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Mo. Senate Debating Incentives for Boeing Facility

By DAVID A. LIEB Associated Press
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(ALEXANDER KLEIN/AFP/Getty Images)

(ALEXANDER KLEIN/AFP/Getty Images)

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JEFFERSON CITY, Mo. (AP) - Missouri senators touted the potential for thousands of jobs as they opened debate Wednesday on legislation offering up to $1.7 billion of incentives over two decades for Boeing to build a new commercial airplane in the St. Louis area.

The incentives, which are tied to job creation, are the sole focus of a special session called by Gov. Jay Nixon as Missouri contends with more than a dozen other locations to produce the next-generation 777X airplane.

“It’s a proposal that allows us to compete for quite literally thousands of direct jobs and tens of thousands of indirect jobs” when counting the network of businesses that supply parts, said Sen. Eric Schmitt, R-Glendale, who is sponsoring the legislation. “These are long-term, good-paying, quality jobs.”

Boeing already employs about 15,000 people in Missouri, giving it the state’s fourth-largest private sector payroll.

Supporters of the incentive package say Missouri could gain 8,000 additional Boeing jobs if it chooses to assemble the new commercial airplane in Missouri, and 2,000 to 3,000 jobs if Boeing decides to build only the airplane wing in St. Louis.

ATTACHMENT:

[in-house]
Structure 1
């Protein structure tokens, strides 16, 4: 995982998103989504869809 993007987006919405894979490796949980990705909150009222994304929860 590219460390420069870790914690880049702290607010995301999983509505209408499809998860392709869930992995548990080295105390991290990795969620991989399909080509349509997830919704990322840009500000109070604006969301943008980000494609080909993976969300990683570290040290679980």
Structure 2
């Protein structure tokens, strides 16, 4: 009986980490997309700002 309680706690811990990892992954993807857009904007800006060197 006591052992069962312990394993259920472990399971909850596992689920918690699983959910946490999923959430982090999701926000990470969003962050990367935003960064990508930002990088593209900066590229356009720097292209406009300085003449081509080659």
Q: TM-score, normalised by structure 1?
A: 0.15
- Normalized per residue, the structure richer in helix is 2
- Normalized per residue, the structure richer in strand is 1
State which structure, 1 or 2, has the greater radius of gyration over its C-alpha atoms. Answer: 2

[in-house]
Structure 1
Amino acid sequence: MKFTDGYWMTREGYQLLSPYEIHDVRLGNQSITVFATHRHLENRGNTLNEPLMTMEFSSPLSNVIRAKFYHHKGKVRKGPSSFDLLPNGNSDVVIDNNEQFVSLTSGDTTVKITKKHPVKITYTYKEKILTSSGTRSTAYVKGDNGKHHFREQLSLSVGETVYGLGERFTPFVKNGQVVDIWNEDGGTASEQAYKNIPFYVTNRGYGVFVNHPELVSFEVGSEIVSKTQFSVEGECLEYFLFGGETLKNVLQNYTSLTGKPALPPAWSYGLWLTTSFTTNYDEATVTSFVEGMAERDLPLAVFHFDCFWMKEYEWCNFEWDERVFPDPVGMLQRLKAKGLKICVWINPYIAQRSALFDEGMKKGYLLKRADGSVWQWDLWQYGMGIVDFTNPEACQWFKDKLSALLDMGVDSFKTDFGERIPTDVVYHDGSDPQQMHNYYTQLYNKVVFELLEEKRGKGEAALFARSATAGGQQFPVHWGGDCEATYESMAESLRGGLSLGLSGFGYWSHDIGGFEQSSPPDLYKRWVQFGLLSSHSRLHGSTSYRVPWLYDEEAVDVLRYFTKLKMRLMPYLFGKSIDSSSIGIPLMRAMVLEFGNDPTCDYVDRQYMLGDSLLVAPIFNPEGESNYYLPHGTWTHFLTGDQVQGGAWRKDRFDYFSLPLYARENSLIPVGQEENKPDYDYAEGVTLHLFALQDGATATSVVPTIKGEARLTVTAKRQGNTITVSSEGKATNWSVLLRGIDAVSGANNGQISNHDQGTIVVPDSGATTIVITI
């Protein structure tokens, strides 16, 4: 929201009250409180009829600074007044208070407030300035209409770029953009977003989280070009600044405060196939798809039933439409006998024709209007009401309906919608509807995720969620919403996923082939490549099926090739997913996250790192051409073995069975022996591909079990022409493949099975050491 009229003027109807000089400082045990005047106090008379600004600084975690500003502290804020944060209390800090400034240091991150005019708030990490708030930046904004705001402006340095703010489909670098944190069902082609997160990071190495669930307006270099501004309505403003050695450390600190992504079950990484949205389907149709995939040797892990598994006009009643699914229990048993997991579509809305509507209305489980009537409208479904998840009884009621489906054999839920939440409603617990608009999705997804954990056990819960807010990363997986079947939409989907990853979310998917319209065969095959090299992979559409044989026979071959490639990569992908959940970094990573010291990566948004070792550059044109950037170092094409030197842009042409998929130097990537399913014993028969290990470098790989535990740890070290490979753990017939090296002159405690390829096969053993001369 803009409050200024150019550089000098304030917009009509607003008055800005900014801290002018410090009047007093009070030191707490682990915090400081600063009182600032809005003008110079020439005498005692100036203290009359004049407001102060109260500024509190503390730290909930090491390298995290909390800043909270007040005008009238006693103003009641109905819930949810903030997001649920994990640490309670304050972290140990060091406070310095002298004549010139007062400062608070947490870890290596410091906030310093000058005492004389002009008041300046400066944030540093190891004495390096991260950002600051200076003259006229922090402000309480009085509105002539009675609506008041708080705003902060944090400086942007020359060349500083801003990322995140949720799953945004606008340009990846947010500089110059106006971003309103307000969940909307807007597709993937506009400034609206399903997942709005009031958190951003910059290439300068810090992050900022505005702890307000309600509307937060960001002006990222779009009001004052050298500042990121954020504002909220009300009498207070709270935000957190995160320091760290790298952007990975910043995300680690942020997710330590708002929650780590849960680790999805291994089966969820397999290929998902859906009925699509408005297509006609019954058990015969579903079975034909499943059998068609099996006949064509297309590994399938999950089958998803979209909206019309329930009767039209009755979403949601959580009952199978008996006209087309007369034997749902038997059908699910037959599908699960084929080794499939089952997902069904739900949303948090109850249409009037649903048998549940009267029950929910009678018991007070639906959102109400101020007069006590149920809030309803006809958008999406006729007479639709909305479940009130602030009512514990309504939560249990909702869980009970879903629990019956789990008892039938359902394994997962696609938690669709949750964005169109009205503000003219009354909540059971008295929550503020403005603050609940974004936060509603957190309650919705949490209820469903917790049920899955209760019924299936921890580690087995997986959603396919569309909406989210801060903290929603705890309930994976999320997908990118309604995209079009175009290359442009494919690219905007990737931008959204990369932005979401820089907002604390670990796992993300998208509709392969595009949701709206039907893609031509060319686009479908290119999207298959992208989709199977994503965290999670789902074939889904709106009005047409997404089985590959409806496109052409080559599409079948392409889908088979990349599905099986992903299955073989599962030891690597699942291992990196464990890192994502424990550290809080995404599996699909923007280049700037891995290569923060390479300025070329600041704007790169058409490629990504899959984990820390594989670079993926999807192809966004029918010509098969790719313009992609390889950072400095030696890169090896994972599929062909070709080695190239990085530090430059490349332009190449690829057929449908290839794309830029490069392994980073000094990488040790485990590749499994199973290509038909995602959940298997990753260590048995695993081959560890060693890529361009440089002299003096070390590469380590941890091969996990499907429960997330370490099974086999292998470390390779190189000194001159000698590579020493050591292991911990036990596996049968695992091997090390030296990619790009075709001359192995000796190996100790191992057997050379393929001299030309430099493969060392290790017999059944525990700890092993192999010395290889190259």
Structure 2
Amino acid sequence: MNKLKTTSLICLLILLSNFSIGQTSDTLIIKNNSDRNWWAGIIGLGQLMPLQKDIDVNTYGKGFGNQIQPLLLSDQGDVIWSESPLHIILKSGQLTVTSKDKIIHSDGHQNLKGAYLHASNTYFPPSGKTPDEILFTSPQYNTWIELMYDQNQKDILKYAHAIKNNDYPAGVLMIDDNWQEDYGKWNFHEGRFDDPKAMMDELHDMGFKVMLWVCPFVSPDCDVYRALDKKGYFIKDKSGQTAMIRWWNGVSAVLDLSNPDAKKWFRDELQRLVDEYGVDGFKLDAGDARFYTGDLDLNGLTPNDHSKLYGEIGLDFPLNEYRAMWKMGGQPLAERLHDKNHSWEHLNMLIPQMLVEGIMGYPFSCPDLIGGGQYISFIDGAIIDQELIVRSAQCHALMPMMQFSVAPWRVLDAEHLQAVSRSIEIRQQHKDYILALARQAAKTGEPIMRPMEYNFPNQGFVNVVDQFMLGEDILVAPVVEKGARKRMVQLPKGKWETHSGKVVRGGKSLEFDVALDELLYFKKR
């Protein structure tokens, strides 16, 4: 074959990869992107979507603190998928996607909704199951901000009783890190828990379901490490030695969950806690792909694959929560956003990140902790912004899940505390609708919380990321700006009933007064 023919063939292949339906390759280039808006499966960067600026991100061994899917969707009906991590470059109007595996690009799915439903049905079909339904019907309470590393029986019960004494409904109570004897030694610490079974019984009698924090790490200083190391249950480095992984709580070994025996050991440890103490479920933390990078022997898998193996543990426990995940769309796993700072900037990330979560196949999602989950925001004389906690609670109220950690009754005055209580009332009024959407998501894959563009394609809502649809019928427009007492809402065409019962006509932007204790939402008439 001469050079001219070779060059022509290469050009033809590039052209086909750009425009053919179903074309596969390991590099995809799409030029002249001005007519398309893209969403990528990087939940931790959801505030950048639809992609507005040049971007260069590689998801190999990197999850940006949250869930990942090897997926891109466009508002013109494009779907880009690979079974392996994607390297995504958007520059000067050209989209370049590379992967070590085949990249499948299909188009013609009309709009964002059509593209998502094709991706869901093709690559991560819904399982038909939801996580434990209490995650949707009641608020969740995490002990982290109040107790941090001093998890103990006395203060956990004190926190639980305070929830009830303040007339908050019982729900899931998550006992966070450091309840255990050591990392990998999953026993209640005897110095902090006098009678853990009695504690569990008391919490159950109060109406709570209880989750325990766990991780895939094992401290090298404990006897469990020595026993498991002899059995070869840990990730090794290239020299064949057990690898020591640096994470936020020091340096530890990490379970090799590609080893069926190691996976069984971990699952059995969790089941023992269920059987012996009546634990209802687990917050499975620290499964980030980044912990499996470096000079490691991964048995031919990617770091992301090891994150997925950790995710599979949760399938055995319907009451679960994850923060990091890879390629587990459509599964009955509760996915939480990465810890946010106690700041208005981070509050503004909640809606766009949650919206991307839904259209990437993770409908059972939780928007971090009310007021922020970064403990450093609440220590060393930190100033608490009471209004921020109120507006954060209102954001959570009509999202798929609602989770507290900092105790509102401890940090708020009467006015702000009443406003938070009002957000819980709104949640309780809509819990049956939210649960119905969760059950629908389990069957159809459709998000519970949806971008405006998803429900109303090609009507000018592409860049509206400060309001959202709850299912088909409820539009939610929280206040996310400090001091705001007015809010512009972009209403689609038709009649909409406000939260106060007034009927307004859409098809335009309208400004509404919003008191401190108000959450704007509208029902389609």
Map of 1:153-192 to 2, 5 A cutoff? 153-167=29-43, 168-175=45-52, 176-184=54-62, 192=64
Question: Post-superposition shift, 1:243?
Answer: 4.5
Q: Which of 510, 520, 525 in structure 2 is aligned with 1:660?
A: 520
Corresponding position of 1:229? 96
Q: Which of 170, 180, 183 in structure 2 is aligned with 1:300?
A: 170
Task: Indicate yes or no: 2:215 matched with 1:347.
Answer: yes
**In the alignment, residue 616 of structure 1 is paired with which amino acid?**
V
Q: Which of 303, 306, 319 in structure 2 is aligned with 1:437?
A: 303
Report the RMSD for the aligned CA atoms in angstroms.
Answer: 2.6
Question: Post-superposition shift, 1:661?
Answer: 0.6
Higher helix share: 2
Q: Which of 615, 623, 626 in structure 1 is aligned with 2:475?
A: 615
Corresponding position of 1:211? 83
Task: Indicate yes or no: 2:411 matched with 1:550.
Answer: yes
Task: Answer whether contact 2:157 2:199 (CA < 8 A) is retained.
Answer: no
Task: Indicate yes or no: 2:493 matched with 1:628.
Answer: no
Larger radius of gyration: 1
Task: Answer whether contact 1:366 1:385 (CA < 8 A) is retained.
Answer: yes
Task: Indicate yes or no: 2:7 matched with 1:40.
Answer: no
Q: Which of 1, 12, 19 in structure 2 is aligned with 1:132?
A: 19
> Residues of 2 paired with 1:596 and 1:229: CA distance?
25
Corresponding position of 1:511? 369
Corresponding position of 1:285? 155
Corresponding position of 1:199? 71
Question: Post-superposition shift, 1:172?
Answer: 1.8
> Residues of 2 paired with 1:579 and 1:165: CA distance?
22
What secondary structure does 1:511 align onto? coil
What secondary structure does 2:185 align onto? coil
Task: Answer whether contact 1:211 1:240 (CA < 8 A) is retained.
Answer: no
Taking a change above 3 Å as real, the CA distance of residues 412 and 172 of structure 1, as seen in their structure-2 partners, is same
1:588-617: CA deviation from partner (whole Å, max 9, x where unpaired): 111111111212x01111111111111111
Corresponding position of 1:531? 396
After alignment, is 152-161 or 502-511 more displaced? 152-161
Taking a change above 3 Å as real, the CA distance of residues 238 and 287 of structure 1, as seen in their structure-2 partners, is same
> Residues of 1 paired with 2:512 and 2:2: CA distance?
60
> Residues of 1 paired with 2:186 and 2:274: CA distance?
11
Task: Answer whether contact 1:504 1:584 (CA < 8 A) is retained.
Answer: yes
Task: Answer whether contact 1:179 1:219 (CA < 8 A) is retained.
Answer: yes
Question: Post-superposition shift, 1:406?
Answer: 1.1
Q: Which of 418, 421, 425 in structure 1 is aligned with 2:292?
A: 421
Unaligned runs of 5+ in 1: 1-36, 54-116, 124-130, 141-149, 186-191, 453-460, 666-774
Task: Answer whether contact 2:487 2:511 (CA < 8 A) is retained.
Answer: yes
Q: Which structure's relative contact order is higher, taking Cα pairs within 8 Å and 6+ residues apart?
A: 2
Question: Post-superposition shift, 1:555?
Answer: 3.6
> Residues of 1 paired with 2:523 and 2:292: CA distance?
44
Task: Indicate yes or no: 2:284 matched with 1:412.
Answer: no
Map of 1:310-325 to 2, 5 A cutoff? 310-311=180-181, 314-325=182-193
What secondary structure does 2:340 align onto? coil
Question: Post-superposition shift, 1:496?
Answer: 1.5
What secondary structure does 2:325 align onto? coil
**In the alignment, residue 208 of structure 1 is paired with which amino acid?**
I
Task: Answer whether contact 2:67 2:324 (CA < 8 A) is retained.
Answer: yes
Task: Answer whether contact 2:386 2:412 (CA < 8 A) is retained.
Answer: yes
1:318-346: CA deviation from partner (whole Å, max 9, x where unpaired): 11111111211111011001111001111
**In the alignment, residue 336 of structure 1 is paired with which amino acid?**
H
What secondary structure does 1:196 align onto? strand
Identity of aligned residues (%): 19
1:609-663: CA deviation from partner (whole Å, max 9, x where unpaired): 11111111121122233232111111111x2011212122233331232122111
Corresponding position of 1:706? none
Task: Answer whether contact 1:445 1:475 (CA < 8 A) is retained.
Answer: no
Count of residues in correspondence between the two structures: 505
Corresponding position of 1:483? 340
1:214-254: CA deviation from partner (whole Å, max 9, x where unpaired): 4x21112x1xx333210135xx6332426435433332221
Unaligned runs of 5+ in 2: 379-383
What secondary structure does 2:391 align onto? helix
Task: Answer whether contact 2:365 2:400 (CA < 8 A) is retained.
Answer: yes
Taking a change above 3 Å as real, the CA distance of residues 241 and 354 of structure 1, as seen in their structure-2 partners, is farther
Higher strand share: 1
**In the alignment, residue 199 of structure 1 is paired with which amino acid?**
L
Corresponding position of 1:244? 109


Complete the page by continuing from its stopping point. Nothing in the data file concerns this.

Boeing could get an aggregate of about $435 million of incentives by 2040 if it adds 2,000 jobs in Missouri and up to $1.74 billion if it adds about 8,000 jobs, according to an analysis released Tuesday by Nixon’s administration.

The company also could receive a still unspecified amount of aid from local St. Louis area governments.

The analysis also shows Missouri would receive more in new tax revenues from the Boeing expansion than it would waive through incentives.

On Wednesday, some Republican senators questioned the wisdom of giving such a large incentive package to Boeing. They bemoaned the fact that Nixon vetoed a broad-based income tax cut earlier this year that would have affected nearly all businesses and individuals.

“Basically, really we’re just giving hundreds of millions of dollars to this one company it just seems so hypocritical or so inconsistent,” said Sen. Rob Schaaf, R-St. Joseph.

Boeing invited other states to submit proposals for its 777X airplane after union machinists in Washington state rejected a proposed contract that would have raised health care costs and replaced their traditional pension with a defined contribution savings plan.

Mike Louis, secretary-treasurer of the Missouri AFL-CIO, said the local machinists union in St. Louis already accepted pension terms starting in January 2012 similar to what was rejected in Washington. So he said that shouldn’t be a hurdle if Missouri is awarded the new airplane assembly.

On Tuesday, Nixon also announced that several labor councils in St. Louis had agreed to make construction workers available around the clock in three, eight-hour shifts that would avoid overtime pay while speeding up the completion of a potential new Boeing facility.

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